While working as manager at Wakulla springs, Browning also moonlighted as a stuntman for the Creature from the Black Lagoon. While test shooting some underwater scenes, Browning, dressed in the Gill-Man (a.k.a. “The Creature”) costume, began using an unusual paddling stroke where he kept one arm in front of him at a time while swimming. Director Jack Arnold liked it so much that he gave Ricou the lead part of the Creature in all of the film’s underwater scenes.

Hollywood Horrors and Disasters

After the success of The Creature of the Black Lagoon, Wakulla Springs continued to be the filming location of choice for many filmmakers. In fact, the Gill-man returned in 1955 for the filming of the sequel The Creature Walks Among Us, once again featuring the Wakulla Springs’ very own Ricou Browning playing the part of the Creature. 

Lloyd Bridges, who happened to film his television series Sea Hunt down in Silver Springs, came to Wakulla Springs in 1965 to film Around the World Under the Sea, an action/adventure sci-fi film about a five-man crew who travels the worlds ocean in a submarine placing sensors on the ocean floor to warn scientists of any looming earthquakes.

In 1977, the springs were used in all the underwater scenes for Airport ’77.  Part of a 747 hull was sunk in the springs to represent the ill-fated flight’s crash into the Bermuda Triangle. Though the film included a star-studded cast that included Jack Lemmon, James Stewart, Joseph Cotten, Olivia de Havilland, Brenda Vaccaro, and franchise star George Kennedy, only Lemmon showed up at Wakulla Springs for filming. Once his three seconds were shot, he made his way back to California to finish shooting the film there.

Edward Ball died in 1981, leaving most of his wealth to the children’s health organization the Nemours Foundation. In 1986, the Florida Department of Natural Resources, the Nature Conservancy, and the Northwest Florida Water Management District purchased the Wakulla Springs property from the foundation and conveyed it to the State of Florida. It reopened to the public on October 1, 1986.

Today, the Edward Ball Wakulla Springs State Park is not only an amazing tourist destination and historical treasure, but is still seen as a desirable film setting, backdrop, and shooting location. Most recently, the 2020 comedy/horror/romance film The Waiting, was shot at the park, using the Lodge at Wakulla Springs as its primary setting.   🌊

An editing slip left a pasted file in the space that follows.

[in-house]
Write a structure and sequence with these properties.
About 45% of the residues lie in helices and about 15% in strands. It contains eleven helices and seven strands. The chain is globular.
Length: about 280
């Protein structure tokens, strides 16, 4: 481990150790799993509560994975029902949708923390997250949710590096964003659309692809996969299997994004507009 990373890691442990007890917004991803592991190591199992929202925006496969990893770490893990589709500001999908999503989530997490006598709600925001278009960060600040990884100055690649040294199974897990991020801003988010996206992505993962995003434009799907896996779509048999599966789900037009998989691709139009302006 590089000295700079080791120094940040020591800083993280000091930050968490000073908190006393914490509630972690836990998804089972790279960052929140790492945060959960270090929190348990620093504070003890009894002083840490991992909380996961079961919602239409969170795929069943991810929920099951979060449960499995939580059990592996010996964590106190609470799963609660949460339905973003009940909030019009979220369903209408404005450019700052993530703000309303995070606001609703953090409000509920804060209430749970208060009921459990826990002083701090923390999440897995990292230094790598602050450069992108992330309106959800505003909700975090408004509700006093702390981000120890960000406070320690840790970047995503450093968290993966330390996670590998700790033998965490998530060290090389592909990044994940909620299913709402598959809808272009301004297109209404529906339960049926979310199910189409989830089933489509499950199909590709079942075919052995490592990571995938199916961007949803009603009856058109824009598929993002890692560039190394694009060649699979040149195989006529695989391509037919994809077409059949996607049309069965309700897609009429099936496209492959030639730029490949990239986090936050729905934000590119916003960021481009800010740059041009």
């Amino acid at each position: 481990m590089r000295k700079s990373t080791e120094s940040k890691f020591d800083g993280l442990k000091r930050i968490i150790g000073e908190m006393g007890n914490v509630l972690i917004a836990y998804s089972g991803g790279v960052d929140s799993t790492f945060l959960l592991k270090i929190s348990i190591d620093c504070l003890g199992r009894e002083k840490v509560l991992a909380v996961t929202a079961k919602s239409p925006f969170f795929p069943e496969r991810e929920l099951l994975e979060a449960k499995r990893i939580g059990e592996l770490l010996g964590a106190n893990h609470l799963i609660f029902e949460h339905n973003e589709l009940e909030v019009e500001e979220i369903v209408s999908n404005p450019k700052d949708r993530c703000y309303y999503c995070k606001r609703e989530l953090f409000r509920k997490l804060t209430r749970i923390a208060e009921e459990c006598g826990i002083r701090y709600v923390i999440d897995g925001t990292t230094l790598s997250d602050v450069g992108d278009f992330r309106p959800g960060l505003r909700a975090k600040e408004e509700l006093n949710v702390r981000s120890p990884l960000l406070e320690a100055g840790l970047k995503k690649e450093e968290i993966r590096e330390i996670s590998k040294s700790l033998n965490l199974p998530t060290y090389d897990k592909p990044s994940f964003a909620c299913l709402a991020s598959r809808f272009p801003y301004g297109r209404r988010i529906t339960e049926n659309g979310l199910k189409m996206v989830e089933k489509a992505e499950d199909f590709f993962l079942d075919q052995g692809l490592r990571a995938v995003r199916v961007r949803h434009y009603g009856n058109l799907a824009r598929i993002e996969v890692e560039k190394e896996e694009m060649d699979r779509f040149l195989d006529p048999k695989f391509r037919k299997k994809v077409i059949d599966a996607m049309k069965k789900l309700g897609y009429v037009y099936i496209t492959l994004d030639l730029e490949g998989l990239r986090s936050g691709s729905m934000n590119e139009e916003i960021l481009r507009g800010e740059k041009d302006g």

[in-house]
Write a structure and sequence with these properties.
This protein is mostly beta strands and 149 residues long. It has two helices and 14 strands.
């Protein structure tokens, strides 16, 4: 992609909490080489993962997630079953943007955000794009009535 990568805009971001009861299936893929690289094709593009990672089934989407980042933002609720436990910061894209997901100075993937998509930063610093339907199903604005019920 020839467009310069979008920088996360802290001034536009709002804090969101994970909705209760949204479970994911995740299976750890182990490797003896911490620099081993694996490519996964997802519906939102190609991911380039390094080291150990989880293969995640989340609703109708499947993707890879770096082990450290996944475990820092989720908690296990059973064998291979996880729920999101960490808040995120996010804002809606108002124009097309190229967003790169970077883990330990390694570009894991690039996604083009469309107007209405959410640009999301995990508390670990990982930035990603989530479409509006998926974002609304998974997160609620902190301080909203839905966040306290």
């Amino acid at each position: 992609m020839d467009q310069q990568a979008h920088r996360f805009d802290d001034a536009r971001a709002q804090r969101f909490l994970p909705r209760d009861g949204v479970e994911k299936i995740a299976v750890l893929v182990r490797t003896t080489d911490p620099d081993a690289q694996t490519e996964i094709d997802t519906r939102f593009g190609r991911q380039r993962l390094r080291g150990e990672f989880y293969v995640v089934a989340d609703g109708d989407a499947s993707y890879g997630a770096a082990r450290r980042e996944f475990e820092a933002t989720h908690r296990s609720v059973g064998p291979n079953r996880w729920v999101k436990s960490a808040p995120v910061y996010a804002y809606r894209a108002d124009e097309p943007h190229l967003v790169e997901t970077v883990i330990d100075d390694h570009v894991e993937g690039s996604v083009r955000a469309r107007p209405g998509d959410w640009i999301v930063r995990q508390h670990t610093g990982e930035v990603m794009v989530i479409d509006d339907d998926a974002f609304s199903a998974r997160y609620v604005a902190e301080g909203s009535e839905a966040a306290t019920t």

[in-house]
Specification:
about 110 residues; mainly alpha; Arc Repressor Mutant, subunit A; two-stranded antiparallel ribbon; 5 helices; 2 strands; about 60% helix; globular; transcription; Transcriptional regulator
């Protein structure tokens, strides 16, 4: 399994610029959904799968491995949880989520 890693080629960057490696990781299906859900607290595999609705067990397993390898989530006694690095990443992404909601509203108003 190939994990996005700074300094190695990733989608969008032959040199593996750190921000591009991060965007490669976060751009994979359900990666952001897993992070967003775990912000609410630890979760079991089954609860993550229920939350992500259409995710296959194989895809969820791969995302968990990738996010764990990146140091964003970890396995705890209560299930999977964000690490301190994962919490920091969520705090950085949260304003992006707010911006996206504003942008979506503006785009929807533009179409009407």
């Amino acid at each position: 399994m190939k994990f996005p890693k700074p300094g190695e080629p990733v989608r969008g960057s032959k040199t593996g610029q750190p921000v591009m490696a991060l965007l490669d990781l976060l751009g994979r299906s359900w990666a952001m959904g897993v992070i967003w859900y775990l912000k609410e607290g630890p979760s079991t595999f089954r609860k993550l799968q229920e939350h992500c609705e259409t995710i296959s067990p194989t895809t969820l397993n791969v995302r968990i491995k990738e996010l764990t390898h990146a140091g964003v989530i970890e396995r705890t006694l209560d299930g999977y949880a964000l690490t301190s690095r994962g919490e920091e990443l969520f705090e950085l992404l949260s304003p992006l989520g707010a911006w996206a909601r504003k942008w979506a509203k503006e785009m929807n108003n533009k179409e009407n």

Editor’s Note:  Ricou Browning, the native Floridian who gave “the Creature” from the Creature from the Black Lagoon movies his signature underwater grace, passed at the age of 93 at his home in Southwest Ranches, Florida, on February 27, 2023. He leaves a legacy as an innovator in underwater performance and as a true Gulf Icon.

Photo Attributions

“File:Wakulla Springs SP lodge01.jpg” by Ebyabe is licensed under CC BY-SA 3.0

“F.S.C.W. Tarpon Club – Wakulla Springs, Florida” in the public domain via State Archives of Florida

Photos of “Creature from the Black Lagoon by Shed On The Moon,” “Ginger Stanley in the grip of the Gill-Man” by Bruce Mozert, and “Ricou Browning in his movie costume at Wakulla Springs,” in the public domain via State Archives of Florida

Photos of Jack Lemmon (L) and Lloyd Bridges (R) at Wakulla Springs in the public domain via State Archives of Florida
Center: “File:Wakulla Springs State Park” by WhisperToMe is licensed under CC BY-SA 3.0

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About The Source

Stephanie Stuckey

The Stuckey’s team is creating original Gulf Coast content exclusively for Go! Gulf States. Avid roadtripper and Chair of the Stuckey’s board, Stephanie Stuckey aims to continue the legacy started by her grandparents by providing a fun and quality experience for the roadside traveler and offering Stuckey’s pecan products via storefront, e-commerce, and other retail outlets.